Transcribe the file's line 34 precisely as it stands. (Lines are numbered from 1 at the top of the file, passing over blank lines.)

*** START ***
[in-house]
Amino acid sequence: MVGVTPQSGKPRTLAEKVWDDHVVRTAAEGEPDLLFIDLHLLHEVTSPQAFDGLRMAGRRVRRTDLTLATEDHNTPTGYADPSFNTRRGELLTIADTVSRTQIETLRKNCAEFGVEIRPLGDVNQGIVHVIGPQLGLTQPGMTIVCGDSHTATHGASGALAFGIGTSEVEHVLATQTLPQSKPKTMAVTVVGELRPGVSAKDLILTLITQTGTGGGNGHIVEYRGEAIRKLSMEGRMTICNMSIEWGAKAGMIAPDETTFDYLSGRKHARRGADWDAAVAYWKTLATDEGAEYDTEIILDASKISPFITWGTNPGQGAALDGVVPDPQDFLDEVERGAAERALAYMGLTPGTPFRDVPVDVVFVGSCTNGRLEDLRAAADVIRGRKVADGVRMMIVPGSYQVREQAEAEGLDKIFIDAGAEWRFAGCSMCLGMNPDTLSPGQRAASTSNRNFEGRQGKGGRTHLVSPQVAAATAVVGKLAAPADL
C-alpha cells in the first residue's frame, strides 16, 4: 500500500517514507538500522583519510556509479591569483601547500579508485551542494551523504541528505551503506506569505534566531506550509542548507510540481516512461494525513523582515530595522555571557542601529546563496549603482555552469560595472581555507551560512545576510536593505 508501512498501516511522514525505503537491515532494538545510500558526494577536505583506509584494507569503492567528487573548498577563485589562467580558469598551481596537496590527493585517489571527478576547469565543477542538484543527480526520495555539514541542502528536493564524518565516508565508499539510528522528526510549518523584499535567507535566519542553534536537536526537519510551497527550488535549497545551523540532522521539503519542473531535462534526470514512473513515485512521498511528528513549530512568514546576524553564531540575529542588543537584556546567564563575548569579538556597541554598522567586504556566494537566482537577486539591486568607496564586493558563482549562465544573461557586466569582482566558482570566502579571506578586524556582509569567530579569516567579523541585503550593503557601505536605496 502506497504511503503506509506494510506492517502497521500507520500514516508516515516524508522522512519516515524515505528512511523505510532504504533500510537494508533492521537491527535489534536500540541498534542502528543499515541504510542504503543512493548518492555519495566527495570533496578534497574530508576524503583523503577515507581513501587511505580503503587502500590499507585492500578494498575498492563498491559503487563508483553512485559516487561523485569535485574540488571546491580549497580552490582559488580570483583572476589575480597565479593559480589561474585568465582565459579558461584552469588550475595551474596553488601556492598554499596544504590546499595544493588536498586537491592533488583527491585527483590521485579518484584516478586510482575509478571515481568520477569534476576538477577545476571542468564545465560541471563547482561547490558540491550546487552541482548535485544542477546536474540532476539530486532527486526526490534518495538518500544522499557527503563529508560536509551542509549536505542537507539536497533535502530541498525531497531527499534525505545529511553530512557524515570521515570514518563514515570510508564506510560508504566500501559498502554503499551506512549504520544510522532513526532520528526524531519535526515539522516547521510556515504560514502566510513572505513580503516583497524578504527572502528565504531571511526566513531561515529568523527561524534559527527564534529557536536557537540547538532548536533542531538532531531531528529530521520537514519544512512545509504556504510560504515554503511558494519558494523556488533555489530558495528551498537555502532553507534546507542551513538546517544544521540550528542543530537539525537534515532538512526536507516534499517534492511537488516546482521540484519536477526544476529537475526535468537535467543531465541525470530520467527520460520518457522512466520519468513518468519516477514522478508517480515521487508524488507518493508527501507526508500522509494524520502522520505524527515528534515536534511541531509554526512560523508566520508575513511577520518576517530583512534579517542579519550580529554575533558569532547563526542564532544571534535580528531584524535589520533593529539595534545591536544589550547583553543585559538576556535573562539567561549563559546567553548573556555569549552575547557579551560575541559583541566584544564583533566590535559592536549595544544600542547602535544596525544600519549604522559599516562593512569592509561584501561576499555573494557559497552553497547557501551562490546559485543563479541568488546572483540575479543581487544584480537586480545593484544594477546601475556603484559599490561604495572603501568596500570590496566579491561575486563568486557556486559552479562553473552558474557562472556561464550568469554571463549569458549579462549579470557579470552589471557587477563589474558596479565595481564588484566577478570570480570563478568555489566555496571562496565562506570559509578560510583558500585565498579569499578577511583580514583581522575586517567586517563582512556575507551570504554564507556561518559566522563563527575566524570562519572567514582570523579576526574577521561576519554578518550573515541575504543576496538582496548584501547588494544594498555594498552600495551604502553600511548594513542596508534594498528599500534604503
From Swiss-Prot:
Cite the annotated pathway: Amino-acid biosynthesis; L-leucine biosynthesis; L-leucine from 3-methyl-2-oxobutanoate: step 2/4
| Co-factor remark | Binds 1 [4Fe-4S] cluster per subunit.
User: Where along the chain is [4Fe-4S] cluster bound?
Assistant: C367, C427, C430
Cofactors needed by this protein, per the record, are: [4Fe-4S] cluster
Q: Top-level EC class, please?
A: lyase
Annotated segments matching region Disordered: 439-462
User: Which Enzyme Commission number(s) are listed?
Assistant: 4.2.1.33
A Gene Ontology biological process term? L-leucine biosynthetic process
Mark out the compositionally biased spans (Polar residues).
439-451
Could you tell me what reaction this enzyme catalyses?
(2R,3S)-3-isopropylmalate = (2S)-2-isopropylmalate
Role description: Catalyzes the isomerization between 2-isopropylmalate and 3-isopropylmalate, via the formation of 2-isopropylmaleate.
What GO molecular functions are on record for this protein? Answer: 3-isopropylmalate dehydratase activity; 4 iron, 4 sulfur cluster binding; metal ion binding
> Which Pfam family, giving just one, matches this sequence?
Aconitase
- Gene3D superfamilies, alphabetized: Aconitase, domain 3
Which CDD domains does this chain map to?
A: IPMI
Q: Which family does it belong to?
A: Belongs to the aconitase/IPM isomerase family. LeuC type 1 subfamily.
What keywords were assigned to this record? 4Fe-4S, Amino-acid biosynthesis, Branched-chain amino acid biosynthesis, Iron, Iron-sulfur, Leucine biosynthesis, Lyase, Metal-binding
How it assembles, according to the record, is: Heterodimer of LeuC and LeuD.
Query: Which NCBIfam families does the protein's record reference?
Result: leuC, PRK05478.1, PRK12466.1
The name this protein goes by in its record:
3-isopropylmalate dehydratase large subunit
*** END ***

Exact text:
3-isopropylmalate dehydratase large subunit